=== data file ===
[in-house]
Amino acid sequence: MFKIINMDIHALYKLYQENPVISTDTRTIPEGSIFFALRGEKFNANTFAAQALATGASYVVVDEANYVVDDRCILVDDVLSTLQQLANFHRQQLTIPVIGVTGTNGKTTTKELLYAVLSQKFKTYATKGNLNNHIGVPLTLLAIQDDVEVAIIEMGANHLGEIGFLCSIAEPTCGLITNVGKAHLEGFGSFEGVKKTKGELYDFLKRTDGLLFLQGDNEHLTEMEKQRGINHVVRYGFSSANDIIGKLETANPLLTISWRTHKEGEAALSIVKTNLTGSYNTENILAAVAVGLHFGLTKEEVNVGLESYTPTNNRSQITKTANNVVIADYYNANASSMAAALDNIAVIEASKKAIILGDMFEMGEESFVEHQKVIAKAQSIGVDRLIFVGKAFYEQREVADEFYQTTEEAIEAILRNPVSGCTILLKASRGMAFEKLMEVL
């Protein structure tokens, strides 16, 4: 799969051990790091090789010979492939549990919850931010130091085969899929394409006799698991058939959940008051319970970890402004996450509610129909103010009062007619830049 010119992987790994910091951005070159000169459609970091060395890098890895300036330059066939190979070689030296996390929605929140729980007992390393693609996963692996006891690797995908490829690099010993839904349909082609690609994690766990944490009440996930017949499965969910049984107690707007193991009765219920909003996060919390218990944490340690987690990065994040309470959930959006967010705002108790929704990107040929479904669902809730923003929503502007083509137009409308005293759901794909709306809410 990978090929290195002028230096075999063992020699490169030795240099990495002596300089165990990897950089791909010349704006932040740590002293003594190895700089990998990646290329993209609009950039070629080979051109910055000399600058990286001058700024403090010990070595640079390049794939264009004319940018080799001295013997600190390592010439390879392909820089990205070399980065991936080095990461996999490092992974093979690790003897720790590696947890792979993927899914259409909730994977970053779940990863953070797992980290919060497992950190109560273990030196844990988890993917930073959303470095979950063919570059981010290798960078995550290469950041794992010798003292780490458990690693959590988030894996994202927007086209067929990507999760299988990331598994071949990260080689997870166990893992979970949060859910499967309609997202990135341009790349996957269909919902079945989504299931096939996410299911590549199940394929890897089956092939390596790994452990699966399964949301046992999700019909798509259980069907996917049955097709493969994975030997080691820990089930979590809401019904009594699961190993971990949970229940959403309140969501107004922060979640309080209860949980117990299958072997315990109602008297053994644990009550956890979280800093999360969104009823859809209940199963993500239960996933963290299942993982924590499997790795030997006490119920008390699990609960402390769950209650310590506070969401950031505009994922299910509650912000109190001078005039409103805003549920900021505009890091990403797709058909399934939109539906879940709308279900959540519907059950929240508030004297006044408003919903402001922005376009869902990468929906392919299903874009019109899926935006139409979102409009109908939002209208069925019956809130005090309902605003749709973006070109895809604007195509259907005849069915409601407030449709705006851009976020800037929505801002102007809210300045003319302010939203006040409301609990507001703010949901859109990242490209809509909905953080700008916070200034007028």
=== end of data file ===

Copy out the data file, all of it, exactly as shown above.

[in-house]
Amino acid sequence: MFKIINMDIHALYKLYQENPVISTDTRTIPEGSIFFALRGEKFNANTFAAQALATGASYVVVDEANYVVDDRCILVDDVLSTLQQLANFHRQQLTIPVIGVTGTNGKTTTKELLYAVLSQKFKTYATKGNLNNHIGVPLTLLAIQDDVEVAIIEMGANHLGEIGFLCSIAEPTCGLITNVGKAHLEGFGSFEGVKKTKGELYDFLKRTDGLLFLQGDNEHLTEMEKQRGINHVVRYGFSSANDIIGKLETANPLLTISWRTHKEGEAALSIVKTNLTGSYNTENILAAVAVGLHFGLTKEEVNVGLESYTPTNNRSQITKTANNVVIADYYNANASSMAAALDNIAVIEASKKAIILGDMFEMGEESFVEHQKVIAKAQSIGVDRLIFVGKAFYEQREVADEFYQTTEEAIEAILRNPVSGCTILLKASRGMAFEKLMEVL
């Protein structure tokens, strides 16, 4: 799969051990790091090789010979492939549990919850931010130091085969899929394409006799698991058939959940008051319970970890402004996450509610129909103010009062007619830049 010119992987790994910091951005070159000169459609970091060395890098890895300036330059066939190979070689030296996390929605929140729980007992390393693609996963692996006891690797995908490829690099010993839904349909082609690609994690766990944490009440996930017949499965969910049984107690707007193991009765219920909003996060919390218990944490340690987690990065994040309470959930959006967010705002108790929704990107040929479904669902809730923003929503502007083509137009409308005293759901794909709306809410 990978090929290195002028230096075999063992020699490169030795240099990495002596300089165990990897950089791909010349704006932040740590002293003594190895700089990998990646290329993209609009950039070629080979051109910055000399600058990286001058700024403090010990070595640079390049794939264009004319940018080799001295013997600190390592010439390879392909820089990205070399980065991936080095990461996999490092992974093979690790003897720790590696947890792979993927899914259409909730994977970053779940990863953070797992980290919060497992950190109560273990030196844990988890993917930073959303470095979950063919570059981010290798960078995550290469950041794992010798003292780490458990690693959590988030894996994202927007086209067929990507999760299988990331598994071949990260080689997870166990893992979970949060859910499967309609997202990135341009790349996957269909919902079945989504299931096939996410299911590549199940394929890897089956092939390596790994452990699966399964949301046992999700019909798509259980069907996917049955097709493969994975030997080691820990089930979590809401019904009594699961190993971990949970229940959403309140969501107004922060979640309080209860949980117990299958072997315990109602008297053994644990009550956890979280800093999360969104009823859809209940199963993500239960996933963290299942993982924590499997790795030997006490119920008390699990609960402390769950209650310590506070969401950031505009994922299910509650912000109190001078005039409103805003549920900021505009890091990403797709058909399934939109539906879940709308279900959540519907059950929240508030004297006044408003919903402001922005376009869902990468929906392919299903874009019109899926935006139409979102409009109908939002209208069925019956809130005090309902605003749709973006070109895809604007195509259907005849069915409601407030449709705006851009976020800037929505801002102007809210300045003319302010939203006040409301609990507001703010949901859109990242490209809509909905953080700008916070200034007028």